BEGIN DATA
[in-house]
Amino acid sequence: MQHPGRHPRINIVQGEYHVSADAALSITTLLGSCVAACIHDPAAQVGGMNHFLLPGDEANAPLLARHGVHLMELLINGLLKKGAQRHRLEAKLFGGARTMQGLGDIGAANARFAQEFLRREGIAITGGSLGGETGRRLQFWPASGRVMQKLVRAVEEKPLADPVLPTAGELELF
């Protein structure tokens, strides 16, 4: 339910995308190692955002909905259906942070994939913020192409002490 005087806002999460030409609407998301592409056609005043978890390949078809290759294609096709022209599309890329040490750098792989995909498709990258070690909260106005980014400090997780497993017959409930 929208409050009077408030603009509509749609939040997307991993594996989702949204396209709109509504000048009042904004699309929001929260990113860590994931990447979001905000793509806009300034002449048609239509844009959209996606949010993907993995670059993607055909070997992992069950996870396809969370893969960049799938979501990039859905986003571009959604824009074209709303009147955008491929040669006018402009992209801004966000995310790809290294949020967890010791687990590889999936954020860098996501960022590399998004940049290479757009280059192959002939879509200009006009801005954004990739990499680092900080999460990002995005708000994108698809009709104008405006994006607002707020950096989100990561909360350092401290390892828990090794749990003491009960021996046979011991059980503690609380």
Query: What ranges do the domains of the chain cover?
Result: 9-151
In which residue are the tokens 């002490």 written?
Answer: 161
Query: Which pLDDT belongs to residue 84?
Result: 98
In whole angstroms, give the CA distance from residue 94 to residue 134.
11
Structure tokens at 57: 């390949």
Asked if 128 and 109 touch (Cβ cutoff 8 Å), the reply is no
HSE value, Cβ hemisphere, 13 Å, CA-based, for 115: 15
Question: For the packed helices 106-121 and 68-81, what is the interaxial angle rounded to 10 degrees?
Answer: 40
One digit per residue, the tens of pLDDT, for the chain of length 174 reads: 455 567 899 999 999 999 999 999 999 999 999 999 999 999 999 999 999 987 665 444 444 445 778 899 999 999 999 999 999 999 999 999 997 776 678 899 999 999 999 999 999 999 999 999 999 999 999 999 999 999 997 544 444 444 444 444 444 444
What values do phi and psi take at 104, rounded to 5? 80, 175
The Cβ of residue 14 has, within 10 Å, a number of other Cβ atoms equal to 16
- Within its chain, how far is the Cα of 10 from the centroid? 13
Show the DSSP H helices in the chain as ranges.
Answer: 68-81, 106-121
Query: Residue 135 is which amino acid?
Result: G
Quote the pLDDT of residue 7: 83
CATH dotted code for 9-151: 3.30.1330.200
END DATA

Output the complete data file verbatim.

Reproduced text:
[in-house]
Amino acid sequence: MQHPGRHPRINIVQGEYHVSADAALSITTLLGSCVAACIHDPAAQVGGMNHFLLPGDEANAPLLARHGVHLMELLINGLLKKGAQRHRLEAKLFGGARTMQGLGDIGAANARFAQEFLRREGIAITGGSLGGETGRRLQFWPASGRVMQKLVRAVEEKPLADPVLPTAGELELF
């Protein structure tokens, strides 16, 4: 339910995308190692955002909905259906942070994939913020192409002490 005087806002999460030409609407998301592409056609005043978890390949078809290759294609096709022209599309890329040490750098792989995909498709990258070690909260106005980014400090997780497993017959409930 929208409050009077408030603009509509749609939040997307991993594996989702949204396209709109509504000048009042904004699309929001929260990113860590994931990447979001905000793509806009300034002449048609239509844009959209996606949010993907993995670059993607055909070997992992069950996870396809969370893969960049799938979501990039859905986003571009959604824009074209709303009147955008491929040669006018402009992209801004966000995310790809290294949020967890010791687990590889999936954020860098996501960022590399998004940049290479757009280059192959002939879509200009006009801005954004990739990499680092900080999460990002995005708000994108698809009709104008405006994006607002707020950096989100990561909360350092401290390892828990090794749990003491009960021996046979011991059980503690609380």
Query: What ranges do the domains of the chain cover?
Result: 9-151
In which residue are the tokens 């002490």 written?
Answer: 161
Query: Which pLDDT belongs to residue 84?
Result: 98
In whole angstroms, give the CA distance from residue 94 to residue 134.
11
Structure tokens at 57: 């390949």
Asked if 128 and 109 touch (Cβ cutoff 8 Å), the reply is no
HSE value, Cβ hemisphere, 13 Å, CA-based, for 115: 15
Question: For the packed helices 106-121 and 68-81, what is the interaxial angle rounded to 10 degrees?
Answer: 40
One digit per residue, the tens of pLDDT, for the chain of length 174 reads: 455 567 899 999 999 999 999 999 999 999 999 999 999 999 999 999 999 987 665 444 444 445 778 899 999 999 999 999 999 999 999 999 997 776 678 899 999 999 999 999 999 999 999 999 999 999 999 999 999 999 997 544 444 444 444 444 444 444
What values do phi and psi take at 104, rounded to 5? 80, 175
The Cβ of residue 14 has, within 10 Å, a number of other Cβ atoms equal to 16
- Within its chain, how far is the Cα of 10 from the centroid? 13
Show the DSSP H helices in the chain as ranges.
Answer: 68-81, 106-121
Query: Residue 135 is which amino acid?
Result: G
Quote the pLDDT of residue 7: 83
CATH dotted code for 9-151: 3.30.1330.200